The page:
MultiBank Group has established a reputation as the world’s most regulated derivatives broker, overseen by 14 regulators on five continents. The company is carrying this reputation forward into its digital asset offering, with pre-approval from the Dubai Virtual Asset Regulatory Authority (VARA). With a global presence and over 90 trading pairs, MultiBank.io is well-placed to offer deep liquidity and tight spreads to crypto traders. 

2. Optimize your trading strategy for fees

Exchanges typically charge less for maker orders than for taker orders, so developing a trading strategy that makes use of limit orders rather than market orders can help to reduce the overall fee burden. 

Similarly, trading derivatives such as futures can often look like it will incur lower fees than the spot markets. However, trading instruments such as perpetuals can result in additional fees due to the funding rate. During times of high volatility, the spot price can vary significantly from the futures price, resulting in high funding fees. 

Using leverage to trade futures can also magnify the fees involved, which can compound losses if the market moves against a leveraged trade since the fees are still payable. Leverage can also incur additional fees since it represents a risk on the part of the exchange.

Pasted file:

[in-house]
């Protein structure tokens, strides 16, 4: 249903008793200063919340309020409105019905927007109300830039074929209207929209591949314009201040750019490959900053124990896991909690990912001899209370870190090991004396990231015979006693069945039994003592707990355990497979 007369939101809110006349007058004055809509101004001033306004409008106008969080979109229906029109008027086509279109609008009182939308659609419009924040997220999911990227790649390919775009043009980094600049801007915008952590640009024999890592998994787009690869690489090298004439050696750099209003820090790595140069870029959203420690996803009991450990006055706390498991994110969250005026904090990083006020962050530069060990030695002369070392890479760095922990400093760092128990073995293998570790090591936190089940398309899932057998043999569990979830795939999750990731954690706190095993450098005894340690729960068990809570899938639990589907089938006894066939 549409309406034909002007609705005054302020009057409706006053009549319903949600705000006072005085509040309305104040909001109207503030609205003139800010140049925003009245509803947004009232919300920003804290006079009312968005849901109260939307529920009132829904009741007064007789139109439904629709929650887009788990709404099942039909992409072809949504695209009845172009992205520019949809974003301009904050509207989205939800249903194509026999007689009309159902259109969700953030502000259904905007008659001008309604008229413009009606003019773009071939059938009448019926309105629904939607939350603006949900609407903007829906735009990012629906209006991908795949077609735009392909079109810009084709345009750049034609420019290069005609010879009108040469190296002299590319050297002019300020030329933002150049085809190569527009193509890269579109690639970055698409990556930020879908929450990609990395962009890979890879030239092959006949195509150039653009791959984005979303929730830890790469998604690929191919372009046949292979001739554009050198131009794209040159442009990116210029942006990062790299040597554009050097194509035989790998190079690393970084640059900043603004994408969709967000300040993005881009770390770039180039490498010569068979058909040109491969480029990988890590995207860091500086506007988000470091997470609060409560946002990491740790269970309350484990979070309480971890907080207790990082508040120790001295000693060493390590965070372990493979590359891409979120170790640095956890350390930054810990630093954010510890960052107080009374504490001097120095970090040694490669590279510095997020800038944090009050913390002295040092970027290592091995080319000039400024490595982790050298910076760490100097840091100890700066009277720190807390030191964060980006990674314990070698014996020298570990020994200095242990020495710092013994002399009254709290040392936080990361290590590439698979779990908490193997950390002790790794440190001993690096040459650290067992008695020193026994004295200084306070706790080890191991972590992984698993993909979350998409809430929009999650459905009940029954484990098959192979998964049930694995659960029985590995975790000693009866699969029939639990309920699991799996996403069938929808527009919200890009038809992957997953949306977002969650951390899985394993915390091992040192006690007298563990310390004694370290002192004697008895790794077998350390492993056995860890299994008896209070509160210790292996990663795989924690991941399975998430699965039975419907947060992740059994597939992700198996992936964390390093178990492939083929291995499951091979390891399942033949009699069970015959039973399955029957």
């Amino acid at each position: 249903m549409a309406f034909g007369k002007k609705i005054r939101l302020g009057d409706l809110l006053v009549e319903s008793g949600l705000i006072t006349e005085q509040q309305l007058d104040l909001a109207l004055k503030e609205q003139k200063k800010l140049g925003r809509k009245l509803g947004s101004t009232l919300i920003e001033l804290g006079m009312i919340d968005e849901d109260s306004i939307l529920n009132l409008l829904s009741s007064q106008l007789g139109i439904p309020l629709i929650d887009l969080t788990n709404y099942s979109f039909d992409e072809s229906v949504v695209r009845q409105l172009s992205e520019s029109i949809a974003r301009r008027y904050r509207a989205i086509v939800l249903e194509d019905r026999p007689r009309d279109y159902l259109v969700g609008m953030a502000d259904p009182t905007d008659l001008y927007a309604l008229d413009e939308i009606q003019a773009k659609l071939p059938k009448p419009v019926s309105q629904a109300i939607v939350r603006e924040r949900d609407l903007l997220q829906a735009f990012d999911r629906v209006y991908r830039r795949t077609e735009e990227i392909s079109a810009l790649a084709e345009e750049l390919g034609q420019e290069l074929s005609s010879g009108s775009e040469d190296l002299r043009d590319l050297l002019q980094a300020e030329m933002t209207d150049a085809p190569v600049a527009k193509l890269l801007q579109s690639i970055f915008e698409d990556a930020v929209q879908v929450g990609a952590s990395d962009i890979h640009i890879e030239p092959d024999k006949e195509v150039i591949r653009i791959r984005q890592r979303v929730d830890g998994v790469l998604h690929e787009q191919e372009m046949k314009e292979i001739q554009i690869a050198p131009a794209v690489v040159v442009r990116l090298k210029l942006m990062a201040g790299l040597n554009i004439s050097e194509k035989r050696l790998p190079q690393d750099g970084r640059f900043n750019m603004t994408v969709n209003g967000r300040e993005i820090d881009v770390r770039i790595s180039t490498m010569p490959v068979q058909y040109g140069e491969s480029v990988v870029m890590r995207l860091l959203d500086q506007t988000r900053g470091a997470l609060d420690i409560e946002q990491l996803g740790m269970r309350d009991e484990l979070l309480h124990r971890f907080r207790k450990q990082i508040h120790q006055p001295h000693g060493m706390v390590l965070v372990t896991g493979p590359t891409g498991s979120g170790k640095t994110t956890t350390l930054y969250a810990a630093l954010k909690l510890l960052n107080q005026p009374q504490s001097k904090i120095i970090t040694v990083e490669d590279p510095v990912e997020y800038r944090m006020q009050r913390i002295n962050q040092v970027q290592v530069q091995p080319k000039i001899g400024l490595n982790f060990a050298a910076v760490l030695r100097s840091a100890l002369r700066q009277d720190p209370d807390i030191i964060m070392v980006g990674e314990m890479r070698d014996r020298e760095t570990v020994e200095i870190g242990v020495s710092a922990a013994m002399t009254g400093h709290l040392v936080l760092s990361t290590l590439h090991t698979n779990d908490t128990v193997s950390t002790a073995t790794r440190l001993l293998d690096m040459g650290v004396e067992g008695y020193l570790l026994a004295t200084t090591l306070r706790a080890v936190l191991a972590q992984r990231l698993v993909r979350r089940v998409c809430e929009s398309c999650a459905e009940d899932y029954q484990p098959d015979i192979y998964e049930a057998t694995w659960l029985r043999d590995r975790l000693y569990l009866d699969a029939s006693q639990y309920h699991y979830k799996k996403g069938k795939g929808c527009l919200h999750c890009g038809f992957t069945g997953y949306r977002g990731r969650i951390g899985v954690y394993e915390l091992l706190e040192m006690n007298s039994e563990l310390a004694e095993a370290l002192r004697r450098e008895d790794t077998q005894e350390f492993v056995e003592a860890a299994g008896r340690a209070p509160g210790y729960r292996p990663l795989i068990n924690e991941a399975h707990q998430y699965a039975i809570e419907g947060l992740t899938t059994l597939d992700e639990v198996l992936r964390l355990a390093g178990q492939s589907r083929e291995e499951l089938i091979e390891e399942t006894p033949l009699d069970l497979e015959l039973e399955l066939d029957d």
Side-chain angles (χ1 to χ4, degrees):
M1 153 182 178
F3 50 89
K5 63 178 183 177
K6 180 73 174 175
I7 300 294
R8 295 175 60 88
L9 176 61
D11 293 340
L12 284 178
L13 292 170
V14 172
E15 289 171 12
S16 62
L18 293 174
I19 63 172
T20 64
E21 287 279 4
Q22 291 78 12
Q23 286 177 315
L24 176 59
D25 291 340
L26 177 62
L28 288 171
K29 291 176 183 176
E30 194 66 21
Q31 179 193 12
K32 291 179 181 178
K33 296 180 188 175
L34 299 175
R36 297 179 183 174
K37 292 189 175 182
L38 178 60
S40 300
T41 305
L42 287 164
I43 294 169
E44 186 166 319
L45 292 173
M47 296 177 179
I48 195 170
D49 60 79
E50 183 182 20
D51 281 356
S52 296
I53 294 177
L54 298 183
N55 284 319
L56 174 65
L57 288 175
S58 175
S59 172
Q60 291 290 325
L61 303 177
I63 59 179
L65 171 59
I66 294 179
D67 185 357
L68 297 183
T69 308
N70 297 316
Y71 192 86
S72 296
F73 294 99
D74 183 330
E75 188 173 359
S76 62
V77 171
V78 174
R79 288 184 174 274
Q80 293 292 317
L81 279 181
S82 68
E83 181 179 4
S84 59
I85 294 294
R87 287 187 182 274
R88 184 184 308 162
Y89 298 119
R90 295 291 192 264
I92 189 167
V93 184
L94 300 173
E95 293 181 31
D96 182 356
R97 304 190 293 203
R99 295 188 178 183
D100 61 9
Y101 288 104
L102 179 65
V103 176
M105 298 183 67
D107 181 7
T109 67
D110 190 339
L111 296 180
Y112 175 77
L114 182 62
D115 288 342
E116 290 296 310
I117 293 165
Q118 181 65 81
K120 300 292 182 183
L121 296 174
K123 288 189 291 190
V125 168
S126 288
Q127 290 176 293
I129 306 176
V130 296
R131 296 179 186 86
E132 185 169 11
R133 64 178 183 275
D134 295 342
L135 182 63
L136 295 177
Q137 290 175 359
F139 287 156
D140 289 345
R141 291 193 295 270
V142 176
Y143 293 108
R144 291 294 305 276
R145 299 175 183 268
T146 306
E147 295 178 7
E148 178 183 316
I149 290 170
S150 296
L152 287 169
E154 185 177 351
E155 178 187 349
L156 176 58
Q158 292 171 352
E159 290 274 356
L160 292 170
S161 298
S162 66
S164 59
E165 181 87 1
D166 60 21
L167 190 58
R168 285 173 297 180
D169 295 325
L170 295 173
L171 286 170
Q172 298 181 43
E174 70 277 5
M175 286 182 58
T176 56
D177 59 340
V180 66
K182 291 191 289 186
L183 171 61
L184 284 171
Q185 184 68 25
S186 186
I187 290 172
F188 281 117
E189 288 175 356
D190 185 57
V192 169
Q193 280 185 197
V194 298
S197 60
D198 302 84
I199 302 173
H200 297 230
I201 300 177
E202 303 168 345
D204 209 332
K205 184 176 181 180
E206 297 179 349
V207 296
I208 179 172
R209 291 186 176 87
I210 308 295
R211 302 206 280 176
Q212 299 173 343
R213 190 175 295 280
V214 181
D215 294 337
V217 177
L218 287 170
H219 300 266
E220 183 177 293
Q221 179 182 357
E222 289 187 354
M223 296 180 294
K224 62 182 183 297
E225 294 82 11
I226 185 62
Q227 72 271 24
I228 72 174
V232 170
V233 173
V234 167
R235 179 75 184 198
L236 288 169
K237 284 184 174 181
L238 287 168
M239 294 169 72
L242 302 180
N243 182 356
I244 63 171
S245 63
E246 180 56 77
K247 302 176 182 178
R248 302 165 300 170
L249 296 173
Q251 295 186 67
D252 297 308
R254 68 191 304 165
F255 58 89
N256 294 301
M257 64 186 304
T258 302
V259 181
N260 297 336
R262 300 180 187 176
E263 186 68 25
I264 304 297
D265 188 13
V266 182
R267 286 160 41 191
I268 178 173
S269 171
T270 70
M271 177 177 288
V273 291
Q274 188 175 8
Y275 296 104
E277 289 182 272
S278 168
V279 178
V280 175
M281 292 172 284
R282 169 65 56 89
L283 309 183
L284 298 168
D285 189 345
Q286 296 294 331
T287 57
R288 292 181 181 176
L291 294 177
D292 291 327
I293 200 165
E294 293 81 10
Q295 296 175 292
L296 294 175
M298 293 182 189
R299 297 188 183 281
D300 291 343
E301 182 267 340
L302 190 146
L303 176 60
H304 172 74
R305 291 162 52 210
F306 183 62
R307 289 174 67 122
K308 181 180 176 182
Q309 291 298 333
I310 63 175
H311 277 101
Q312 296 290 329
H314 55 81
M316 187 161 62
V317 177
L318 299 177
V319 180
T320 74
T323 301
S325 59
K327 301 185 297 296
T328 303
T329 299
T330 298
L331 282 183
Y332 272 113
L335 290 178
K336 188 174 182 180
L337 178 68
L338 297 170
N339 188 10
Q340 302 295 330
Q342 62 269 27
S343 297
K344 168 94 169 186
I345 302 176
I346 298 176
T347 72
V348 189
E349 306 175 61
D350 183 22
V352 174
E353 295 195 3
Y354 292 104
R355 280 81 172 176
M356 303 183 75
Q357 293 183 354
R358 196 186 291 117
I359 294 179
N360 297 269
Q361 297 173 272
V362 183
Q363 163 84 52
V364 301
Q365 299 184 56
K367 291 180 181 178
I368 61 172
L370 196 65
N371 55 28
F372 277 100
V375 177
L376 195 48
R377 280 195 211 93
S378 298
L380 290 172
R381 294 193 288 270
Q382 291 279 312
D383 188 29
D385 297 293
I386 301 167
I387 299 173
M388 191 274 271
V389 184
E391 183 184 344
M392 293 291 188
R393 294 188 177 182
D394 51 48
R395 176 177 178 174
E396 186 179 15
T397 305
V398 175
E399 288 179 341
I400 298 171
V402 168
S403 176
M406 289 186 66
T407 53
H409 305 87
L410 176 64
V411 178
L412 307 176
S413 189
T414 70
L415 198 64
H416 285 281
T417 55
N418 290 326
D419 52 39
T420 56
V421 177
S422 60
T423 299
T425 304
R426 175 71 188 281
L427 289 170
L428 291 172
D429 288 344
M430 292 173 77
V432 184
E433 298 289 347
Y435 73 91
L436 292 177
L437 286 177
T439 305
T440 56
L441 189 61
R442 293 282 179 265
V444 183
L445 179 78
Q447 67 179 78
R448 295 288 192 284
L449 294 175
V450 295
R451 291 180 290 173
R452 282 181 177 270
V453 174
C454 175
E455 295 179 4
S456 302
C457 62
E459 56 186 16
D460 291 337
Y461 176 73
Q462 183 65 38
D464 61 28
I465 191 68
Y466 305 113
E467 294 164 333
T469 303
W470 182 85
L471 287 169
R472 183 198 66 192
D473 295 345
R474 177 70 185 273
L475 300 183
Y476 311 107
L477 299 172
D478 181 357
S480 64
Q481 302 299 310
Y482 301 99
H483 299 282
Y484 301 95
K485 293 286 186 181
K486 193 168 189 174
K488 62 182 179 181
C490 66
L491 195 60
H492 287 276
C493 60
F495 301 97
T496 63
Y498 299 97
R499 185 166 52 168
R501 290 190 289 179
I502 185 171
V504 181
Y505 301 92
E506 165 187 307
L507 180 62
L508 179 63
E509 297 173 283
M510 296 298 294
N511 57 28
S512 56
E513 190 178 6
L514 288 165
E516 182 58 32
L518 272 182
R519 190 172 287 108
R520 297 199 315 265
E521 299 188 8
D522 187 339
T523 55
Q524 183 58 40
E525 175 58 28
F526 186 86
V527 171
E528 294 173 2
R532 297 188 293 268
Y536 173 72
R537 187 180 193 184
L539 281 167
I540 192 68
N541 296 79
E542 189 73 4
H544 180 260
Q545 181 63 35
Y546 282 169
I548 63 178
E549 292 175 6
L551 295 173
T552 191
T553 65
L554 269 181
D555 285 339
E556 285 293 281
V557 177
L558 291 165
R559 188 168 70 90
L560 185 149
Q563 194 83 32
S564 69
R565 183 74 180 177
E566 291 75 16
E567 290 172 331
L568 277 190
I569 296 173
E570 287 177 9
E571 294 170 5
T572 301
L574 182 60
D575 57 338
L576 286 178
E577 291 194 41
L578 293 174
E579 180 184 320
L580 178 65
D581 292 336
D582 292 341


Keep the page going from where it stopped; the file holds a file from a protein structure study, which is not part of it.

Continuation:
3. Look for the low-cost infrastructure

Many major DeFi protocols now operate on more than one blockchain platform, meaning that DeFi traders have more opportunities to optimize their trading strategy for fees as well. Chains including Polygon, Solana, Avalanche, and Arbitrum now hold substantial liquidity from dApps such as Curve Finance, Uniswap, and Aave and offer far lower transaction fees than Ethereum. It’s possible to trade on most DEXs with flat fees of around 0.3-0.5%, depending on the trade. 

Some CEXs also link withdrawal fees to the underlying network costs, so using low-cost platforms wherever possible is a sensible strategy for anyone seeking to reduce fees. 

Trading fees are an inevitability that can’t be avoided entirely. However, by understanding where fees are most likely to eat into profitability, traders can seek out the best trading venues and strategies that allow them to reduce their costs and maximize gains. 

Disclaimer. The information provided is not trading advice. Cryptopolitan.com holds no liability for any investments made based on the information provided on this page. We strongly recommend independent research and/or consultation with a qualified professional before making any investment decisions.

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Micah Abiodun

Micah is a crypto enthusiast with a strong understanding of the crypto industry and its potential for shaping the future. A result-driven Chemical Engineer (with a specialization in the field of process engineering and piping design), Micah visualizes and articulates the intricate details of blockchain ecosystems. In his free time, he explores various interests, including sports and music.